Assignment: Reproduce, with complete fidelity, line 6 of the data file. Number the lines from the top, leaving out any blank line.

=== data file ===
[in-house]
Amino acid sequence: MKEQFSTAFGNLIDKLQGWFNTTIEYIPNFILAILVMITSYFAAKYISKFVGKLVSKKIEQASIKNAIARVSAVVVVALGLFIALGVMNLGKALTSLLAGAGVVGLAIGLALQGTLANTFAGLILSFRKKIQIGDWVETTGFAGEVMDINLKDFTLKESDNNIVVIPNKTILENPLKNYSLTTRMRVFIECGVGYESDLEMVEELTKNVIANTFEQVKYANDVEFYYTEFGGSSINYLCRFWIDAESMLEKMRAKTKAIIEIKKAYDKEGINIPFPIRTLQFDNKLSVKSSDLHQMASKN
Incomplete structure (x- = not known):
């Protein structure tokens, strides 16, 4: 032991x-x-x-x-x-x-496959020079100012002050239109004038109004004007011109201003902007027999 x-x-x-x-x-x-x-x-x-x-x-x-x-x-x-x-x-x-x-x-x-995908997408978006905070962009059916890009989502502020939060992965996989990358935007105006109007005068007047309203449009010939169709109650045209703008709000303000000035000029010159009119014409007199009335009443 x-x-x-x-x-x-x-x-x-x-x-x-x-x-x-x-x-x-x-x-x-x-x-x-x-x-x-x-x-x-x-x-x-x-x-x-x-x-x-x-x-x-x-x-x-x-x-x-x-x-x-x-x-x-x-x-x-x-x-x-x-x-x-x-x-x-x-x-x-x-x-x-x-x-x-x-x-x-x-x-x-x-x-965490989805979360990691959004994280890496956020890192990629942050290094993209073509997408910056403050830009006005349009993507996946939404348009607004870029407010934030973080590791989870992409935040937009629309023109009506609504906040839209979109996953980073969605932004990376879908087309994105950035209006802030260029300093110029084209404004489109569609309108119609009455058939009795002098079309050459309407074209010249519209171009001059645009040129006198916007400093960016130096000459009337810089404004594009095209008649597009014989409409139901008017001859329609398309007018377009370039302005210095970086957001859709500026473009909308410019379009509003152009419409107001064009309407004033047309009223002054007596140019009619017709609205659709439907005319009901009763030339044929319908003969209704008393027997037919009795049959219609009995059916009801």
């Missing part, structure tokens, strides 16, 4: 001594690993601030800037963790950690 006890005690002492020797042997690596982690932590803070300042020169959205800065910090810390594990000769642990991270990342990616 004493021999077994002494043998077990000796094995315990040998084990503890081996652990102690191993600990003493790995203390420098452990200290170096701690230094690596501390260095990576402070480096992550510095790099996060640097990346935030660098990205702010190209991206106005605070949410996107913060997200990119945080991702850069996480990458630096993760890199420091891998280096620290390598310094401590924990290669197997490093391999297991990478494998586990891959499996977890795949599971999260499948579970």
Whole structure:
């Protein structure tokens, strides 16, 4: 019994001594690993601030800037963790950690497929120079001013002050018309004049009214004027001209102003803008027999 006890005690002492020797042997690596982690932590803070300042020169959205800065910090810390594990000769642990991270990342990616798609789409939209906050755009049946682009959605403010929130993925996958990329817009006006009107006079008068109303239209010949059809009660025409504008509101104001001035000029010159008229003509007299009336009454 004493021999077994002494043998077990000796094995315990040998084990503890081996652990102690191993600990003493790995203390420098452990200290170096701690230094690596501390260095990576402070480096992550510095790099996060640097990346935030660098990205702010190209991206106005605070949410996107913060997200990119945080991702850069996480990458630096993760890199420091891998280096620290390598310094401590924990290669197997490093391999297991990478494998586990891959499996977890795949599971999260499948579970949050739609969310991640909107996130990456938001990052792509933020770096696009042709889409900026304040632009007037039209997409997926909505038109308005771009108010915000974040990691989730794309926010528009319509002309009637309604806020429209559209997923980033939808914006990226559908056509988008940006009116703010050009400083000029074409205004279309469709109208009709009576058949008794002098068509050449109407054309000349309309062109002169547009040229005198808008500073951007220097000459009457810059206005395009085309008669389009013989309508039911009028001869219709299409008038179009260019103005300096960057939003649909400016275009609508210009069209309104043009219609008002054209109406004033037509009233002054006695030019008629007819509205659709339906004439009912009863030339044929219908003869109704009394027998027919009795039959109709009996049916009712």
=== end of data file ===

Whole structure: